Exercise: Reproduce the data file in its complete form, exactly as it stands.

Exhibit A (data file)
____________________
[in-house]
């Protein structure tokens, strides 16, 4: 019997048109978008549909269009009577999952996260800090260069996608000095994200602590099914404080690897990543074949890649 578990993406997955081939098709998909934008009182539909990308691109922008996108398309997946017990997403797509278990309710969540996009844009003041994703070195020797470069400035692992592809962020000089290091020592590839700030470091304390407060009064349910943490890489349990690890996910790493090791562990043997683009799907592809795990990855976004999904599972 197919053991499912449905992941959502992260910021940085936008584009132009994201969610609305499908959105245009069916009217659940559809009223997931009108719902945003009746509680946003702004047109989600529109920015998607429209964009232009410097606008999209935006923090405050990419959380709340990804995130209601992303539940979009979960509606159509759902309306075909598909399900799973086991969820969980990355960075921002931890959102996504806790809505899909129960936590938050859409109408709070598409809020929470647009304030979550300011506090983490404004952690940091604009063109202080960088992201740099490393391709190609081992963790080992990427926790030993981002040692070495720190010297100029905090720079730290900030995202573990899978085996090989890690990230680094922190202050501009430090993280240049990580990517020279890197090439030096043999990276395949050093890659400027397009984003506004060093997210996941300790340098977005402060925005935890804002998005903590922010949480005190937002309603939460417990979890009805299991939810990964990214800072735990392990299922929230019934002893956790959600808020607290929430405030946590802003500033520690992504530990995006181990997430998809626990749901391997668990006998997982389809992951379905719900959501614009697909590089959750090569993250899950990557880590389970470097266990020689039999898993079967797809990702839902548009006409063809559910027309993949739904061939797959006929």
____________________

[in-house]
């Protein structure tokens, strides 16, 4: 019997048109978008549909269009009577999952996260800090260069996608000095994200602590099914404080690897990543074949890649 578990993406997955081939098709998909934008009182539909990308691109922008996108398309997946017990997403797509278990309710969540996009844009003041994703070195020797470069400035692992592809962020000089290091020592590839700030470091304390407060009064349910943490890489349990690890996910790493090791562990043997683009799907592809795990990855976004999904599972 197919053991499912449905992941959502992260910021940085936008584009132009994201969610609305499908959105245009069916009217659940559809009223997931009108719902945003009746509680946003702004047109989600529109920015998607429209964009232009410097606008999209935006923090405050990419959380709340990804995130209601992303539940979009979960509606159509759902309306075909598909399900799973086991969820969980990355960075921002931890959102996504806790809505899909129960936590938050859409109408709070598409809020929470647009304030979550300011506090983490404004952690940091604009063109202080960088992201740099490393391709190609081992963790080992990427926790030993981002040692070495720190010297100029905090720079730290900030995202573990899978085996090989890690990230680094922190202050501009430090993280240049990580990517020279890197090439030096043999990276395949050093890659400027397009984003506004060093997210996941300790340098977005402060925005935890804002998005903590922010949480005190937002309603939460417990979890009805299991939810990964990214800072735990392990299922929230019934002893956790959600808020607290929430405030946590802003500033520690992504530990995006181990997430998809626990749901391997668990006998997982389809992951379905719900959501614009697909590089959750090569993250899950990557880590389970470097266990020689039999898993079967797809990702839902548009006409063809559910027309993949739904061939797959006929």